But perhaps it is precisely this arrogance, this self-assured insistence that we are above and beyond the ken of all other existing worldly things, that has led to the political, ecological, and existential crises endemic in today’s society. Because we believe ourselves ontologically separate from the rest of the world, we don’t always recognize the deep interconnections between our existence and the threatened existence of our world. Since Gilles Deleuze, and more recently in the work of philosophers such as Graham Harman and Manuel Delanda, thinkers have been exploring the notion of a flat ontology; what I mean by that term, in this context (it is sometimes used otherwise), is that there is no à priori (but perhaps some à postériori) reason for privileging human modes of existence over other modes. Harman, for example, promotes the notion that just as we only have indirect access to things (in themselves, in Kantian language) through our perceptions, so objects only have indirect access to each other. The flame, in Harman’s oft-repeated and memorable example, doesn’t burn the cotton “in itself” but rather only touches the cotton indirectly insofar as the cotton is flammable; that is, the flame engages with the cotton only in its flammability.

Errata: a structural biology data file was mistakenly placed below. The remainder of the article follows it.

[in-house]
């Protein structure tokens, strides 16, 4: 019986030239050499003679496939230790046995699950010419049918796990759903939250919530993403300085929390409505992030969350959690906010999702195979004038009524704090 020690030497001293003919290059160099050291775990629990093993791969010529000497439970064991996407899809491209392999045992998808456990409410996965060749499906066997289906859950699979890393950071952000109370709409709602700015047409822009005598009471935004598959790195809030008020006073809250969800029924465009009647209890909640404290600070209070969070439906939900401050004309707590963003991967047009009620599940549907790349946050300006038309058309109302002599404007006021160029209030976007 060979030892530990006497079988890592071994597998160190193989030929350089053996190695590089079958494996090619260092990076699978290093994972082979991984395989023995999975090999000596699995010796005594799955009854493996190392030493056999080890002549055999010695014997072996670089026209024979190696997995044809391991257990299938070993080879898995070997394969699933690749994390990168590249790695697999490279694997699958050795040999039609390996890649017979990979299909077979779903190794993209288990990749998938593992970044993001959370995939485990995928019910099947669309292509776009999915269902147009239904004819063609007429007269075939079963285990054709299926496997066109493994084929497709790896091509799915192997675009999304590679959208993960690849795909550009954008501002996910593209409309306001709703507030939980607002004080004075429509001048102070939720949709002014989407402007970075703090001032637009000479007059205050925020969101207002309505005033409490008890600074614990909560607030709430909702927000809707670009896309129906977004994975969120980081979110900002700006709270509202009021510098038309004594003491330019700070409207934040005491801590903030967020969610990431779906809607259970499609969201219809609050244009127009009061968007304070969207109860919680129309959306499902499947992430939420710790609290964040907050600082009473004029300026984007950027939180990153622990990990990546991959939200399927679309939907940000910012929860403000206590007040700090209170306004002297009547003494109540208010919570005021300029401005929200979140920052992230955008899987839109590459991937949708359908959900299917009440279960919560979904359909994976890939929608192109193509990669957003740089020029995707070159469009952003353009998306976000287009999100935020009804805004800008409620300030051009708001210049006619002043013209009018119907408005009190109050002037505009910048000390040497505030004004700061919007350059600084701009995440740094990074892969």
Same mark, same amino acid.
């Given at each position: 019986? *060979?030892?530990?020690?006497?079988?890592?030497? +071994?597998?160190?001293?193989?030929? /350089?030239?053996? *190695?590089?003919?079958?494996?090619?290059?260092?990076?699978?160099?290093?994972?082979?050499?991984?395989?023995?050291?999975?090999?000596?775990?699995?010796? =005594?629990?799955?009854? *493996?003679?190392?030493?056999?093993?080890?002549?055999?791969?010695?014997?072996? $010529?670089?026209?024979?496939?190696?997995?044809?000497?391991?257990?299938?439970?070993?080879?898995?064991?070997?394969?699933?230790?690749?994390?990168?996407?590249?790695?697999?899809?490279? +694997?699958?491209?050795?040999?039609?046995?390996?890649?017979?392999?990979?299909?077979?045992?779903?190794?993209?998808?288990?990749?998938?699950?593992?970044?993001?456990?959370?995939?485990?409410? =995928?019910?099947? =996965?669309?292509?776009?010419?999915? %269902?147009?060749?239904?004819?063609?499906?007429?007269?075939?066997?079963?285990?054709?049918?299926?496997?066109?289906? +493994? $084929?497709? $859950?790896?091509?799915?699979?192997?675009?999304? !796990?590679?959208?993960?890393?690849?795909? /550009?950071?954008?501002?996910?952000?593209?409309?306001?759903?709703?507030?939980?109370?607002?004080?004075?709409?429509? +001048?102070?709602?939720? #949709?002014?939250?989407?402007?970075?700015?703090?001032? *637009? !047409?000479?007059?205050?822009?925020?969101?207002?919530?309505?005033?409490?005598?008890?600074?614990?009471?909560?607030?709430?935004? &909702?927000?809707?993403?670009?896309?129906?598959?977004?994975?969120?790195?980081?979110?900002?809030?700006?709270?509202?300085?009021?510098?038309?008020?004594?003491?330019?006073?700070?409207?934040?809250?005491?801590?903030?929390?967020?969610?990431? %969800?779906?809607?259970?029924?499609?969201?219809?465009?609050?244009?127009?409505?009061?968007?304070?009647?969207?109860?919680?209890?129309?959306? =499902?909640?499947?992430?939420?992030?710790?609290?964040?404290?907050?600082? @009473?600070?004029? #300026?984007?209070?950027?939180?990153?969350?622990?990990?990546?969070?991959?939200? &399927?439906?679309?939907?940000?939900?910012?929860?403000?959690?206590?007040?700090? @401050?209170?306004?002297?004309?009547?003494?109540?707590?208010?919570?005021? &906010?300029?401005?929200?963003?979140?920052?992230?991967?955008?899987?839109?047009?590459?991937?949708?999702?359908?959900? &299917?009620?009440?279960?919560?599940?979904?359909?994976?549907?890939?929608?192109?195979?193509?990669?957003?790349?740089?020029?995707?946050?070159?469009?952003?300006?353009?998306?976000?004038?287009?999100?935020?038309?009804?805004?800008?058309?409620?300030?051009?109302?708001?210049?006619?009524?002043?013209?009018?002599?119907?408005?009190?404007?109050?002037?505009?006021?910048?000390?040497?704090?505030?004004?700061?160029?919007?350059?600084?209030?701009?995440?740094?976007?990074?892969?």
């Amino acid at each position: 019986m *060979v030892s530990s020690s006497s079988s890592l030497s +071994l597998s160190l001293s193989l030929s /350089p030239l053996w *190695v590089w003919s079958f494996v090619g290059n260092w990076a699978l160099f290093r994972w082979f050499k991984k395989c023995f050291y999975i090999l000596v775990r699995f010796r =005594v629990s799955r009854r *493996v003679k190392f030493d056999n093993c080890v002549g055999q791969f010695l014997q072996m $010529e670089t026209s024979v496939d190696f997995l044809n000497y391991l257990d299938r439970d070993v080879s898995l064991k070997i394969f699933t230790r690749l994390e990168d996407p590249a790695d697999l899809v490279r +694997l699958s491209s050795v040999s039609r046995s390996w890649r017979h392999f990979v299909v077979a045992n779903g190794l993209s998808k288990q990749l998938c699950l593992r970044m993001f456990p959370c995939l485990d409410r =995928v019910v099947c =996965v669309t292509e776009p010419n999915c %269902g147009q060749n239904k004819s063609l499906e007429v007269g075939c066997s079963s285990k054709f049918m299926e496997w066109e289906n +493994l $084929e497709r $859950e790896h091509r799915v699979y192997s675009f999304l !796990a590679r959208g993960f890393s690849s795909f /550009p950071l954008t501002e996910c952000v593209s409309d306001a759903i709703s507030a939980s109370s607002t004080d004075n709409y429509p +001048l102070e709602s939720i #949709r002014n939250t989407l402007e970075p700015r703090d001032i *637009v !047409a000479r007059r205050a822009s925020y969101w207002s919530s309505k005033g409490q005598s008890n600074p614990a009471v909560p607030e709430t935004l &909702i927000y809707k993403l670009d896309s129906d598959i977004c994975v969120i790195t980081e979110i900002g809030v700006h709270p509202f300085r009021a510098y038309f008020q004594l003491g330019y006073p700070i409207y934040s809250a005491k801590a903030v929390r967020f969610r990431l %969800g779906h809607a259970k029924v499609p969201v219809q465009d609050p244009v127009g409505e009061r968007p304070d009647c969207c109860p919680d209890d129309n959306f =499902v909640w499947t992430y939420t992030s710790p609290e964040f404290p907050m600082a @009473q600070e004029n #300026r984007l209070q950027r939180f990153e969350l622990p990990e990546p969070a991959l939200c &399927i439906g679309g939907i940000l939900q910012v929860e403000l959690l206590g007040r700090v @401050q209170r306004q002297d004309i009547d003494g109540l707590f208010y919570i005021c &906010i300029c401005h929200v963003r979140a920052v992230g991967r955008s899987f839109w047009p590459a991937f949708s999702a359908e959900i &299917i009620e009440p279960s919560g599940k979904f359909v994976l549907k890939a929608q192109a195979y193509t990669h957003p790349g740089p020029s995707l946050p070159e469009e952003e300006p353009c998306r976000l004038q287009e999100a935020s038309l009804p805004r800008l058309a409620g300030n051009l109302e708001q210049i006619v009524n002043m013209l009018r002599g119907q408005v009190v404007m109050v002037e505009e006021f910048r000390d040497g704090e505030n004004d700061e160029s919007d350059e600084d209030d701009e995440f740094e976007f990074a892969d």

Such an idea has many profound implications worth exploring but for our purposes I’m only interested in the notion that all objects (including humans) interact with other objects indirectly. They remain integral to themselves; they are what they are. Insofar as one object engages with another, it does so always at a kind of remove. If you add to this Deleuze and Delanda’s interest in flows of intensity and the notion of emergence (that compound objects like clouds or groups of people manifest properties that are more than simply the sum of the properties of their components), then there appears to be another manner of viewing Ruttmann’s Berlin that doesn’t simply condemn it to being understood as a proto-Nazi project of dehumanization.